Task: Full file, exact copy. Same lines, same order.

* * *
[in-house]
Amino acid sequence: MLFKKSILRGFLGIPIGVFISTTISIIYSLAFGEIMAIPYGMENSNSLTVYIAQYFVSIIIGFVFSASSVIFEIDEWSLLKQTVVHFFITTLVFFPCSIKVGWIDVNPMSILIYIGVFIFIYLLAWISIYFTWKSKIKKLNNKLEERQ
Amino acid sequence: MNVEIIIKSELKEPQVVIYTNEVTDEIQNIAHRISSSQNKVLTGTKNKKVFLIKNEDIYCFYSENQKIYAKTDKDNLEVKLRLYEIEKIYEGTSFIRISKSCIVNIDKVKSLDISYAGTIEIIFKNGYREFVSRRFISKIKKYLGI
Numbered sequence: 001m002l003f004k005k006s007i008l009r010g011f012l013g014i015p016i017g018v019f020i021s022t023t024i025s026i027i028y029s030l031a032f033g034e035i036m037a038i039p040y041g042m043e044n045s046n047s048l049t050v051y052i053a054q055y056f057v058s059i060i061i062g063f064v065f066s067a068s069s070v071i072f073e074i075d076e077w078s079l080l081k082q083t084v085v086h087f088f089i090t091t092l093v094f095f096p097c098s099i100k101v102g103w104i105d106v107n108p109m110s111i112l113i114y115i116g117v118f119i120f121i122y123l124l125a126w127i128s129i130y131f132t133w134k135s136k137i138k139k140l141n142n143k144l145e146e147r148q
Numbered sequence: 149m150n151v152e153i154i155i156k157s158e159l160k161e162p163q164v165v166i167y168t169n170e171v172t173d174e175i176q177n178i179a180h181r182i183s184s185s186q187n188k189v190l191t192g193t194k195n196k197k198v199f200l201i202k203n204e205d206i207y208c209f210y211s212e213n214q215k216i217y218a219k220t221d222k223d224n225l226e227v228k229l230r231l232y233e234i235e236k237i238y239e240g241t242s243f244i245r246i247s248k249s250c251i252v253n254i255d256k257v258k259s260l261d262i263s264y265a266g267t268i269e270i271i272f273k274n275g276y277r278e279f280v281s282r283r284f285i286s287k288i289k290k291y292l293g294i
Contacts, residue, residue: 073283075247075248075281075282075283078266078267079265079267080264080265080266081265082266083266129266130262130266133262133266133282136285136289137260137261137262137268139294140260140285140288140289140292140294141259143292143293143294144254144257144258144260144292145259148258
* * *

[in-house]
Amino acid sequence: MLFKKSILRGFLGIPIGVFISTTISIIYSLAFGEIMAIPYGMENSNSLTVYIAQYFVSIIIGFVFSASSVIFEIDEWSLLKQTVVHFFITTLVFFPCSIKVGWIDVNPMSILIYIGVFIFIYLLAWISIYFTWKSKIKKLNNKLEERQ
Amino acid sequence: MNVEIIIKSELKEPQVVIYTNEVTDEIQNIAHRISSSQNKVLTGTKNKKVFLIKNEDIYCFYSENQKIYAKTDKDNLEVKLRLYEIEKIYEGTSFIRISKSCIVNIDKVKSLDISYAGTIEIIFKNGYREFVSRRFISKIKKYLGI
Numbered sequence: 001m002l003f004k005k006s007i008l009r010g011f012l013g014i015p016i017g018v019f020i021s022t023t024i025s026i027i028y029s030l031a032f033g034e035i036m037a038i039p040y041g042m043e044n045s046n047s048l049t050v051y052i053a054q055y056f057v058s059i060i061i062g063f064v065f066s067a068s069s070v071i072f073e074i075d076e077w078s079l080l081k082q083t084v085v086h087f088f089i090t091t092l093v094f095f096p097c098s099i100k101v102g103w104i105d106v107n108p109m110s111i112l113i114y115i116g117v118f119i120f121i122y123l124l125a126w127i128s129i130y131f132t133w134k135s136k137i138k139k140l141n142n143k144l145e146e147r148q
Numbered sequence: 149m150n151v152e153i154i155i156k157s158e159l160k161e162p163q164v165v166i167y168t169n170e171v172t173d174e175i176q177n178i179a180h181r182i183s184s185s186q187n188k189v190l191t192g193t194k195n196k197k198v199f200l201i202k203n204e205d206i207y208c209f210y211s212e213n214q215k216i217y218a219k220t221d222k223d224n225l226e227v228k229l230r231l232y233e234i235e236k237i238y239e240g241t242s243f244i245r246i247s248k249s250c251i252v253n254i255d256k257v258k259s260l261d262i263s264y265a266g267t268i269e270i271i272f273k274n275g276y277r278e279f280v281s282r283r284f285i286s287k288i289k290k291y292l293g294i
Contacts, residue, residue: 073283075247075248075281075282075283078266078267079265079267080264080265080266081265082266083266129266130262130266133262133266133282136285136289137260137261137262137268139294140260140285140288140289140292140294141259143292143293143294144254144257144258144260144292145259148258